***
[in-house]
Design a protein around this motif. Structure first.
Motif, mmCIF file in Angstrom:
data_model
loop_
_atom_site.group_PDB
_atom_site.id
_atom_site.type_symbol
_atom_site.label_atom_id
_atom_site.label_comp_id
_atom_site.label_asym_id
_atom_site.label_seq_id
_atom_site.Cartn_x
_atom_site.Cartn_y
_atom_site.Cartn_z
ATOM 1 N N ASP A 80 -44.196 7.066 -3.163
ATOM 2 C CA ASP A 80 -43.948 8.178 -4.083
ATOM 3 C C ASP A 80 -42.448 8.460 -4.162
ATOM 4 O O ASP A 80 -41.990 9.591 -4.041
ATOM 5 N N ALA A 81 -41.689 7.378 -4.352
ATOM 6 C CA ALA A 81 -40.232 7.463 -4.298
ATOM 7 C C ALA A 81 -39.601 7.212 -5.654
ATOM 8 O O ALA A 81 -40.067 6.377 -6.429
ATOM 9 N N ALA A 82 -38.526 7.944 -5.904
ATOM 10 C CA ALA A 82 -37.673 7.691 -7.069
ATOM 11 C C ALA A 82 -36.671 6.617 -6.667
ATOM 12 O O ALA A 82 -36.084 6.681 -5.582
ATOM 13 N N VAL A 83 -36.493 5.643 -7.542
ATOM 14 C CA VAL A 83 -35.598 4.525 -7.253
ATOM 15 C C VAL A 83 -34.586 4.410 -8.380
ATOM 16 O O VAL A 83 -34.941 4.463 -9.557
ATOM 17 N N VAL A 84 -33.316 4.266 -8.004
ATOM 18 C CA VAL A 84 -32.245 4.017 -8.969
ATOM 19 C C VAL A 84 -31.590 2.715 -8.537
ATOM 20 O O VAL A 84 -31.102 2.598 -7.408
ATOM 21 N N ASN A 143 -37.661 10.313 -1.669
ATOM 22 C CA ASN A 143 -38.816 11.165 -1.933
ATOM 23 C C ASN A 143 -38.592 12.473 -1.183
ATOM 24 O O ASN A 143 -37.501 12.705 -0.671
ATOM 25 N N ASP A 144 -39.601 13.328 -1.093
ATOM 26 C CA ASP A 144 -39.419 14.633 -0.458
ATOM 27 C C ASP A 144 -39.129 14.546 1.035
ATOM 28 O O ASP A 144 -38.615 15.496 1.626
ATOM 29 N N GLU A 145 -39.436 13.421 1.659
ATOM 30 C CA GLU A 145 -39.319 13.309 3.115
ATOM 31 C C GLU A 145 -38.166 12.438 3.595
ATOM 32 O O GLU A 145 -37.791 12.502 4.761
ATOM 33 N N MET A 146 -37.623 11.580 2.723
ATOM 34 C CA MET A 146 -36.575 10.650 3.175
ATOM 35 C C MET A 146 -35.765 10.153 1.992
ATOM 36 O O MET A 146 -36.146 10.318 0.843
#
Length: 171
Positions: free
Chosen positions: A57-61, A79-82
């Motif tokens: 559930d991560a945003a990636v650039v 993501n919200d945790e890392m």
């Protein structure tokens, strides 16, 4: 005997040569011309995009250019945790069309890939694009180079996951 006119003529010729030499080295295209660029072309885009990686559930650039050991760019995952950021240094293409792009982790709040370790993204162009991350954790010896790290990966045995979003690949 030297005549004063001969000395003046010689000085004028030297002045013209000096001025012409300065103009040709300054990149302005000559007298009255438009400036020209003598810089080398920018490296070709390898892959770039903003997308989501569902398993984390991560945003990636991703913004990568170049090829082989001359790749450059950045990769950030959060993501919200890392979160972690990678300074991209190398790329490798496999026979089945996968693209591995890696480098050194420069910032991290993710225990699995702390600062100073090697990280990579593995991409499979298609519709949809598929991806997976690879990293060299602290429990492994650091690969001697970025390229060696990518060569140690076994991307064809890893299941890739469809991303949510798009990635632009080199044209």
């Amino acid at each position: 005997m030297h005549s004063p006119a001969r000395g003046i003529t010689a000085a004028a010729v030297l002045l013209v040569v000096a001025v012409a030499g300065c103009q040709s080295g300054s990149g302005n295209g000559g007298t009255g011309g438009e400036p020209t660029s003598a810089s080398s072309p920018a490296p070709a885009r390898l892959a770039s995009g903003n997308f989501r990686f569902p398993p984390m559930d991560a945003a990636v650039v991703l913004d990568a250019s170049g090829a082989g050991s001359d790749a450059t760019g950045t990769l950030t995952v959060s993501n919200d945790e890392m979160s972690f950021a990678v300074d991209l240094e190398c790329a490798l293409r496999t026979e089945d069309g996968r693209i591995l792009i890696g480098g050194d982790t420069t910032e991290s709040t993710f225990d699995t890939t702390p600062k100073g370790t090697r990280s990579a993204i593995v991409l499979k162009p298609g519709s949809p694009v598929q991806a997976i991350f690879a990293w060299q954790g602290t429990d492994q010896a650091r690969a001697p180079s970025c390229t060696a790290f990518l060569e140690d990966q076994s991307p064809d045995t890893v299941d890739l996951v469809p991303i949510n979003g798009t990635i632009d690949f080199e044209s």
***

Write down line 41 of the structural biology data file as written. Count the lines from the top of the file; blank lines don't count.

ATOM 26 C CA ASP A 144 -39.419 14.633 -0.458